Duties of the Individual in Antigone and A Doll's House
The main theme that can be seen in both plays, Antigone and A Doll's House, is the duty to oneself as opposed to the duty to the state or to society. Should the two women, Nora in A Doll's House, and Antigone in Antigone, do what the state and society wishes them to do or should they follow their own conscience? Both plays focus on the conflict between individual laws and the state law, disobedience and obedience, and understanding oneself.
In Antigone there is the contrasting view of the state law against the divine law. The state law may have some similarities to the divine law but they are not the same. For example the divine law would be the burial of Antigone's brother, but the state law was that her brother was not to be buried. The divine law is a law that is the same for everyone and does not change, whereas the state law is what the king or ruler would want, and can change. Another view in Antigone would be the state against the people. For the state and state laws to exist there have to be 'the people' too. The state depends on the people and not just the ruler.
Haemon: A one-man state? What sort of a state is that?
Creon: Why, does not every state belong to its ruler?
Haemon: You'd be an excellent king - on a desert island (Sophocles page #).
Haemon questions whether Creon's judgements are correct or not (above). For Antigone the divine law is what should be used instead of the state law, which is defined only by what the king wants. Therefore should Haemon and Antigone oppose the state law? The king makes up the main part of the state, and decides whether the laws he makes are fair, and do not object to these laws otherwise he wouldn't be king. Some may think that it is wrong that people should oppose the state's laws, and should just follow them, but then they will never get to have their own beliefs and never have a better understanding of themselves in the end.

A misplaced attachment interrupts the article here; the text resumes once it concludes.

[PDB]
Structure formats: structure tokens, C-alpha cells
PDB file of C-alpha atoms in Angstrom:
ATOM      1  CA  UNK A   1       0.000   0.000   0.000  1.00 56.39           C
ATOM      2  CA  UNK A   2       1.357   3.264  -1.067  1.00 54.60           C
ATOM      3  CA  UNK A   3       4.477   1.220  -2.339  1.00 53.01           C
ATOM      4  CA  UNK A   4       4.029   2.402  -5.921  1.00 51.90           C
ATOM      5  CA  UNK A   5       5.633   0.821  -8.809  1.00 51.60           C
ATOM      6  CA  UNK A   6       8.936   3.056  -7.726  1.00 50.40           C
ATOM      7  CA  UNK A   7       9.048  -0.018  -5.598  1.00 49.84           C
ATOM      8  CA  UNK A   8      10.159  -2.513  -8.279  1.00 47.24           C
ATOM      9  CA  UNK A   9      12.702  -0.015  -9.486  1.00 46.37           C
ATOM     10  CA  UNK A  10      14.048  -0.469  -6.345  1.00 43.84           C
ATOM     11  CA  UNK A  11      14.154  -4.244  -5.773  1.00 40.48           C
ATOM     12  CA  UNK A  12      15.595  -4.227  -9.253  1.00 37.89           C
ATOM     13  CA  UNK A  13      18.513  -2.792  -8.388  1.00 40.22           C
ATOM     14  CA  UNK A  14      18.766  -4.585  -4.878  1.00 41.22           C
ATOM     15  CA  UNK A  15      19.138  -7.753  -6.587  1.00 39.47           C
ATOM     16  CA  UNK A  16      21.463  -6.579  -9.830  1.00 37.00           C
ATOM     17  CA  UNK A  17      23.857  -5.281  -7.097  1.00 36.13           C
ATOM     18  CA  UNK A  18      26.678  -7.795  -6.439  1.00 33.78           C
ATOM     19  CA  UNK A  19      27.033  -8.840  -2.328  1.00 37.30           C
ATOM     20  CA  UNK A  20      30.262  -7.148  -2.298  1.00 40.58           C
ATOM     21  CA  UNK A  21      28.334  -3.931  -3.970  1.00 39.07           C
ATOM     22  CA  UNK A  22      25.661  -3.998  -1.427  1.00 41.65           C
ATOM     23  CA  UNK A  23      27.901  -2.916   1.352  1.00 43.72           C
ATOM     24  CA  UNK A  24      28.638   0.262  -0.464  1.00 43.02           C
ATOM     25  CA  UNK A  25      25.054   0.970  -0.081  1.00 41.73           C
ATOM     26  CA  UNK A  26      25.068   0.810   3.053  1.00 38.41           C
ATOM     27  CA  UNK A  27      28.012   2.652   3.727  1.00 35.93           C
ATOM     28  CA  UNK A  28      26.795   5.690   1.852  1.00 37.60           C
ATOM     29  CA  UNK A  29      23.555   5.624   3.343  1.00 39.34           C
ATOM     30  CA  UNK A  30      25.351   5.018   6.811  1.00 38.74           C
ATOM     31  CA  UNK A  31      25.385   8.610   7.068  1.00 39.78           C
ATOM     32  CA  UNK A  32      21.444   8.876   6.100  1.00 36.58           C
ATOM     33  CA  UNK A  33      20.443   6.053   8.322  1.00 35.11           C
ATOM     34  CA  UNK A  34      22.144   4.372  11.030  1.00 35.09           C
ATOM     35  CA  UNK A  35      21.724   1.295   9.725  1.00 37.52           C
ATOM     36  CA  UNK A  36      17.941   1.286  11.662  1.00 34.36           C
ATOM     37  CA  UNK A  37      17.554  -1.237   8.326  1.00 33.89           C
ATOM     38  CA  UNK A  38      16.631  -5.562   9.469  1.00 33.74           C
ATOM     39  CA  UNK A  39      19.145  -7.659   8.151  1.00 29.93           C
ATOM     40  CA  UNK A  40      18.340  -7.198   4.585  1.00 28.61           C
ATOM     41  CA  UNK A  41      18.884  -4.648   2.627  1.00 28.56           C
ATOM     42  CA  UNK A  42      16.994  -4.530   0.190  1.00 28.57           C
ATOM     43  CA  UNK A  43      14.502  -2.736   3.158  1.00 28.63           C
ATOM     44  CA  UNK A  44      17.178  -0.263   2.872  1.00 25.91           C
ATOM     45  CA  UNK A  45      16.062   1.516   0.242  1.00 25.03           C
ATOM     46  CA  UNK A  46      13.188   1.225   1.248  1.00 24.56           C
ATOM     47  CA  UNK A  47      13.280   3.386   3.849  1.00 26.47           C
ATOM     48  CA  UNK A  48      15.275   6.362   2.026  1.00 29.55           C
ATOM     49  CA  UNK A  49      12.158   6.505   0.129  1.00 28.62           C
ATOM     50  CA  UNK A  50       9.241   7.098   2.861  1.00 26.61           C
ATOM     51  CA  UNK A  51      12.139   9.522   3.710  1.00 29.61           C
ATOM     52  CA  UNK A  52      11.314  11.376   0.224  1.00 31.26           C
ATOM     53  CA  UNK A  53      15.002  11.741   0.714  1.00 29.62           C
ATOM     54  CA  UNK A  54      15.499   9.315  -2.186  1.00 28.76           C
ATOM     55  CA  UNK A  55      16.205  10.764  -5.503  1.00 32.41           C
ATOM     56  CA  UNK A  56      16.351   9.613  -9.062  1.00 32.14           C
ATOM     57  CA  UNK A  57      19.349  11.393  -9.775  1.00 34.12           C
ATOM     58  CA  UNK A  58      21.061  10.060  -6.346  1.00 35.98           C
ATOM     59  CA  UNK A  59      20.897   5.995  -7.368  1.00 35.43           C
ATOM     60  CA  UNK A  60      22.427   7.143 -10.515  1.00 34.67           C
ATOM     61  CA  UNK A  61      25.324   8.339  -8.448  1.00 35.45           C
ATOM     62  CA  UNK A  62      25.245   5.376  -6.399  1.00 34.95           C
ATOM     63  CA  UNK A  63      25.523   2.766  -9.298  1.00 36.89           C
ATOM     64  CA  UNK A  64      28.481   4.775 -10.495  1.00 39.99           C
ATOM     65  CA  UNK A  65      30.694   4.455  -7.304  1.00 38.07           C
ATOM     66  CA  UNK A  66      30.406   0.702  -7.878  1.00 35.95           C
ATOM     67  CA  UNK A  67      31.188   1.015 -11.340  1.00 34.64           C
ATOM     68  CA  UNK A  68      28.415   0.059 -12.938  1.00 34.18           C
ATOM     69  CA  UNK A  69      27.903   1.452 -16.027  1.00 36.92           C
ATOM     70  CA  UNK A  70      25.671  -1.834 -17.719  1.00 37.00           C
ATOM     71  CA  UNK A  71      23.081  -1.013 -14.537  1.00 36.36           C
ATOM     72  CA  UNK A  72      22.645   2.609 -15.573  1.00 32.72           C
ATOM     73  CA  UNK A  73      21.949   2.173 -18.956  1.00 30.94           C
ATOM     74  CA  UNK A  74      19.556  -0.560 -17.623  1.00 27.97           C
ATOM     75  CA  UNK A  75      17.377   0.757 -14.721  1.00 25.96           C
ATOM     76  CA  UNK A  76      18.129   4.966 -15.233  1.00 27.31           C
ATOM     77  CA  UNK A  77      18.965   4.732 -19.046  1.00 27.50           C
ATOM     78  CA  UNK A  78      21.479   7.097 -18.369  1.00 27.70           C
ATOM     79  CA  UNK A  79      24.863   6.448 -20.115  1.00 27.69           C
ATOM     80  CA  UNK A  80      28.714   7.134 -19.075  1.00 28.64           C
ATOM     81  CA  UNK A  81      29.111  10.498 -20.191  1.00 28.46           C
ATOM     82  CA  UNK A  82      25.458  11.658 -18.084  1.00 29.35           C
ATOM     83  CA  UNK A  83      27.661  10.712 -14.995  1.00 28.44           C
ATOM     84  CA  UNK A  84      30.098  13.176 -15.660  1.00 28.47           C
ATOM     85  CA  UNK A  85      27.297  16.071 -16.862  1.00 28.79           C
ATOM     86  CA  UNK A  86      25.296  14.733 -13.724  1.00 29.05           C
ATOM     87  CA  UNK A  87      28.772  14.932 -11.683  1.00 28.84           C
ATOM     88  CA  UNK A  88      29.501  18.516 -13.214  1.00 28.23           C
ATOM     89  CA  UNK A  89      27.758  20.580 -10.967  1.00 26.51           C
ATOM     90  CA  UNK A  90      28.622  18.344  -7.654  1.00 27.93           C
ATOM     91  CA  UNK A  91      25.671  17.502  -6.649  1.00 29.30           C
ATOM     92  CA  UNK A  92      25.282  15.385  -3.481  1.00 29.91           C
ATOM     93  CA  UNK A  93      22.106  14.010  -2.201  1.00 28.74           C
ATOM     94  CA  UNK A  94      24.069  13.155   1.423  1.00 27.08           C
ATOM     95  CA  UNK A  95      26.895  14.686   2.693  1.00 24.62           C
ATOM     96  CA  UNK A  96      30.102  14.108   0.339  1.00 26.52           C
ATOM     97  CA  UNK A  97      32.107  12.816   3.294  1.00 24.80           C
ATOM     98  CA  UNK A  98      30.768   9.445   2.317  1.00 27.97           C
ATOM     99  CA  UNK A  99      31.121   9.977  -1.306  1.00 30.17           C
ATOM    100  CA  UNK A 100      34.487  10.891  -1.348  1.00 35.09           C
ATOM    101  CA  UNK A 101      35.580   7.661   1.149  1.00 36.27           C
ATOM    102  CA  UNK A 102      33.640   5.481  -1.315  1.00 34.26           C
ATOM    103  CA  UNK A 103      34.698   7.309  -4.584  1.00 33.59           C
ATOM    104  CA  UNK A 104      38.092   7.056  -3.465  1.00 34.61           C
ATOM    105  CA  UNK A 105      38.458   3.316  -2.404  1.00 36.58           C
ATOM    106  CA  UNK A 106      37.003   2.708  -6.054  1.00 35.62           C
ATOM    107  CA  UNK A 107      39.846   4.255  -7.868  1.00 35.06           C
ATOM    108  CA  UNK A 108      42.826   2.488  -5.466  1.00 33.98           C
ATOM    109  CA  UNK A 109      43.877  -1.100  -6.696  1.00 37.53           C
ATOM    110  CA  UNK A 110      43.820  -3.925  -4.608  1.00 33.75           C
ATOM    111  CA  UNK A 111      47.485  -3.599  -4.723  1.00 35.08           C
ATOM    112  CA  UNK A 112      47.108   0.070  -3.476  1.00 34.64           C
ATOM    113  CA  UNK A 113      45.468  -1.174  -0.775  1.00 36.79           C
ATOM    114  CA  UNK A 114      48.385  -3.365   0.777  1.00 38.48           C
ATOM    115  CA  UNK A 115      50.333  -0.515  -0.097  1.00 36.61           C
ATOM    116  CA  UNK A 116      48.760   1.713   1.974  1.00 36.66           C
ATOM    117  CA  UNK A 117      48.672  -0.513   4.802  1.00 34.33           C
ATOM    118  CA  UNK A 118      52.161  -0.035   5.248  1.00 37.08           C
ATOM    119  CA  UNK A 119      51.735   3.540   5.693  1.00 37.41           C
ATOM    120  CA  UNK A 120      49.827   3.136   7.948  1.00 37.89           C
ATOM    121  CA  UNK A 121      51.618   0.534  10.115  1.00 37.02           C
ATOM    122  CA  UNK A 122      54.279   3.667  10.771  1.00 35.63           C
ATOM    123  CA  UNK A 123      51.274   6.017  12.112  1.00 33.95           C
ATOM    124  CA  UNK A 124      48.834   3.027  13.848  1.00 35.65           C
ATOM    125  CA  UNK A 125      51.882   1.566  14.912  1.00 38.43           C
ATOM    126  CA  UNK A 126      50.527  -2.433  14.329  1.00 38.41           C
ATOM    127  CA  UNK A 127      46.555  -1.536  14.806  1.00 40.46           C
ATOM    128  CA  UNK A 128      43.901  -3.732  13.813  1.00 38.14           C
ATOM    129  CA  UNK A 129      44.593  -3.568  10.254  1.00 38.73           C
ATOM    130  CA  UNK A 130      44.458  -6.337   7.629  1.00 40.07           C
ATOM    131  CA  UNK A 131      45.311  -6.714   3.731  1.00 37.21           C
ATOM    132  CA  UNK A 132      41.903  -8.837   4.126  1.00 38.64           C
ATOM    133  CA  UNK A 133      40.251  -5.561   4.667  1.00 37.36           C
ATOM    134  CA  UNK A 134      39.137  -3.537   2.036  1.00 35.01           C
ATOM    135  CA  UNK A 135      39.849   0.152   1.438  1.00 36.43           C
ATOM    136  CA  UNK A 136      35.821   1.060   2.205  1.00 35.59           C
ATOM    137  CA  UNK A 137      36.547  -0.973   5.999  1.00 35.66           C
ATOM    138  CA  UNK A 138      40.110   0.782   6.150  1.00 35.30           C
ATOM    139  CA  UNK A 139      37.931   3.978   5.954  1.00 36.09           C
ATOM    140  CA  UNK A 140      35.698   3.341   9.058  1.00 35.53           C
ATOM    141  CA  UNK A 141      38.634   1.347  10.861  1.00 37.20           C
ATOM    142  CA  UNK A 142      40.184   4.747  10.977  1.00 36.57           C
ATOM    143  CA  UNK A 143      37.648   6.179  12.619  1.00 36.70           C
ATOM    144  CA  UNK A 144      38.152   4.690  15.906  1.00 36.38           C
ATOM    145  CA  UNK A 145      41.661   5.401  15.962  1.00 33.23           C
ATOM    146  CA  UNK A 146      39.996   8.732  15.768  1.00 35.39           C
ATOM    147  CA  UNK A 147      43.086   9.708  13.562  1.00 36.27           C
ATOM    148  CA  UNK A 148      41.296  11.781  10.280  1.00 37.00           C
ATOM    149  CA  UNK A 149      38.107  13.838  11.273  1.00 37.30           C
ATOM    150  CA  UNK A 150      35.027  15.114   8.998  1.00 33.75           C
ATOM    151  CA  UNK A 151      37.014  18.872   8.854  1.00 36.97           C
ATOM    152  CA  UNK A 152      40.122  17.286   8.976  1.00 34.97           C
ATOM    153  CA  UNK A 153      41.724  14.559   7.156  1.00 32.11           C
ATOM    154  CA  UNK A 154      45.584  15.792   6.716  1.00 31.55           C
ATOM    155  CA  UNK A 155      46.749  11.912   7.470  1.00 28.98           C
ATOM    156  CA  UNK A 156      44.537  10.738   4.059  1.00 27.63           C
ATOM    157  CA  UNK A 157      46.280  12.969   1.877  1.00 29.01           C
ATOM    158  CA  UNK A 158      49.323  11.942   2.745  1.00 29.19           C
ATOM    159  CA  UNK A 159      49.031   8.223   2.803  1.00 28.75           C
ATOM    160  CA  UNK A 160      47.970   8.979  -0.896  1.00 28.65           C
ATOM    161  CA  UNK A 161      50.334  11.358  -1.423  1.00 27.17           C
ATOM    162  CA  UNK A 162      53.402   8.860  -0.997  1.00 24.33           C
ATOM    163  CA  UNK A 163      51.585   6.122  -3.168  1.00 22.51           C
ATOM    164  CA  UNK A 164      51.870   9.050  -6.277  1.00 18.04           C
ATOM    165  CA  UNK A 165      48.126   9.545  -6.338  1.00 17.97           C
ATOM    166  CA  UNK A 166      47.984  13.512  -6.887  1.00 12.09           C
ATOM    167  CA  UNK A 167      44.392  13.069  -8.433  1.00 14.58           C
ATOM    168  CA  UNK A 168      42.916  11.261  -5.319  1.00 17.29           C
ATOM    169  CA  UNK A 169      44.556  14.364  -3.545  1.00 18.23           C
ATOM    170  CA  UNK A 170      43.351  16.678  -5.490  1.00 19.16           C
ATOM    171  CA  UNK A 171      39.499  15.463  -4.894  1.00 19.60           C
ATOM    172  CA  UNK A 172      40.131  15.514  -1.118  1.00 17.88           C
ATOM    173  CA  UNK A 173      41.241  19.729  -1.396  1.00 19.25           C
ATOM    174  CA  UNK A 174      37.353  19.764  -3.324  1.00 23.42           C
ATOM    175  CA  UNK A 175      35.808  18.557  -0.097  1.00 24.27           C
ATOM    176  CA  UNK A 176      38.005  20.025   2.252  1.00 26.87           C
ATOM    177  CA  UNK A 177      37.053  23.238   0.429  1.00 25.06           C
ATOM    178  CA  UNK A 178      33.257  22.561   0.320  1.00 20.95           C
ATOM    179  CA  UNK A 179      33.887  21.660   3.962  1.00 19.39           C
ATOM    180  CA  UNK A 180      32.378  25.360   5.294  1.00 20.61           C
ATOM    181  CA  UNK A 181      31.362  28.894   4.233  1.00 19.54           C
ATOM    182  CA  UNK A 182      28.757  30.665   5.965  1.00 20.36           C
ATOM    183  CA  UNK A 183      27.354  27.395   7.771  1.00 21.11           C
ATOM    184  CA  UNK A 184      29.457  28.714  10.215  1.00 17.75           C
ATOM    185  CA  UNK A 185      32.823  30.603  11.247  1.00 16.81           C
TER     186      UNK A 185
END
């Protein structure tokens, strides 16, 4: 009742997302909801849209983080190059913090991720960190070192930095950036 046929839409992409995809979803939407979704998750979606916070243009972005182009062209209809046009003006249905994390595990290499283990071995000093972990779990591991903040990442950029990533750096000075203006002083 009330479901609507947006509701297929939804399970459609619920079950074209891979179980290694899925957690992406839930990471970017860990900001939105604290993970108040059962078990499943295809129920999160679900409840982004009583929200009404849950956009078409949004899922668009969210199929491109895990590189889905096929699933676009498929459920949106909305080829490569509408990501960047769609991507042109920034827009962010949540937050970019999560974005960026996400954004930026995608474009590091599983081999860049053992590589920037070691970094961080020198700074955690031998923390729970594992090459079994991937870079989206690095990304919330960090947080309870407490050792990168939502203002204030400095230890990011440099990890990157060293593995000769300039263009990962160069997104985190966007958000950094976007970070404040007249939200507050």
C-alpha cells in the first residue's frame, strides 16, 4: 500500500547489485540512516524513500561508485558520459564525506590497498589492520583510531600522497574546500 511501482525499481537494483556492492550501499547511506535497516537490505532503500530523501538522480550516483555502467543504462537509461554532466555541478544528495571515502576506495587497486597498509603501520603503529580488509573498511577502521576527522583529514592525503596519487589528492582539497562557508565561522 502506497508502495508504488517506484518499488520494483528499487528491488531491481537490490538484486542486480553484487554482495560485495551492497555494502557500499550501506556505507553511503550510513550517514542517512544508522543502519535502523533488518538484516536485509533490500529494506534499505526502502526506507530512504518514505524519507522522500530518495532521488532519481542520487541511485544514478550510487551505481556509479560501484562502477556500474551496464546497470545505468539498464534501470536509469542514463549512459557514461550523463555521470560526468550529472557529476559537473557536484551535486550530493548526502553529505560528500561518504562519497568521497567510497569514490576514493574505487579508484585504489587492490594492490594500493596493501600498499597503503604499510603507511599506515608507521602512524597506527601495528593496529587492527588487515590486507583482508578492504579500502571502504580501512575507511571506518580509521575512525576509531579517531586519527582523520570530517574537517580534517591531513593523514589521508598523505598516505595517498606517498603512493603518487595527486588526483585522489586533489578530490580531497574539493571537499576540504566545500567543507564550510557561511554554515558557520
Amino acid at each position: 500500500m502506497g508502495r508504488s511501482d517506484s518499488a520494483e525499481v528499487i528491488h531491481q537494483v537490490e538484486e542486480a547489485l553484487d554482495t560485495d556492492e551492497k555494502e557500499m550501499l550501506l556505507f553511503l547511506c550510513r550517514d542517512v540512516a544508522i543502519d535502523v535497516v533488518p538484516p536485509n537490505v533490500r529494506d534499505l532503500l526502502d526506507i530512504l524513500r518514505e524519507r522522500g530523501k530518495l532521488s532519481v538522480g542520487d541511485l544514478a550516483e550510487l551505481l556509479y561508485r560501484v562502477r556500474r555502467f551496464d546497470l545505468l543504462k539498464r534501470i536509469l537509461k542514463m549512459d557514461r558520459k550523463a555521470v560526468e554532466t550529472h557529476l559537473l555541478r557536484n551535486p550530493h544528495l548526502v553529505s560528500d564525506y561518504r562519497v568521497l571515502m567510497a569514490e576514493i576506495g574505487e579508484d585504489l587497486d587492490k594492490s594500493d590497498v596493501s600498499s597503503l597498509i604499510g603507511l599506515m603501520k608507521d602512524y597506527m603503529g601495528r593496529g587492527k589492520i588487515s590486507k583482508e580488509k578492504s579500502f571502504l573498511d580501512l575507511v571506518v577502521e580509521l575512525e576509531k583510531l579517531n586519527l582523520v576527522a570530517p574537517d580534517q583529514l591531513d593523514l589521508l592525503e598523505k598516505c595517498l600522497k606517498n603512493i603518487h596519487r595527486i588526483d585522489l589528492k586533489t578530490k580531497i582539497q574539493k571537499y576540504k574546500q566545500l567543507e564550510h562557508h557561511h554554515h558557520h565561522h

In Antigone there is the state and its laws, but in A Doll's House we see more of the society, and the laws it enforces on the individual. The society's rules prevent the characters from seeing and expressing their true nature. When Krogstad tells Nora that the law takes no account of good motives, she cries, "Then they must be very bad laws" (Ibsen page #). This causes a problem for the main female characters, in deciding if what they are doing is right or wrong. At the end of A Doll's House Nora realizes that she has lived as a 'doll', as her father's doll and then as her husband's doll, and has accepted the church and society without ever asking any questions about them. Then she questions herself whether the society she lives in is correct in its beliefs, or if what she thinks is correct and requires that she oppose society itself. "But now I intend to learn. I must try...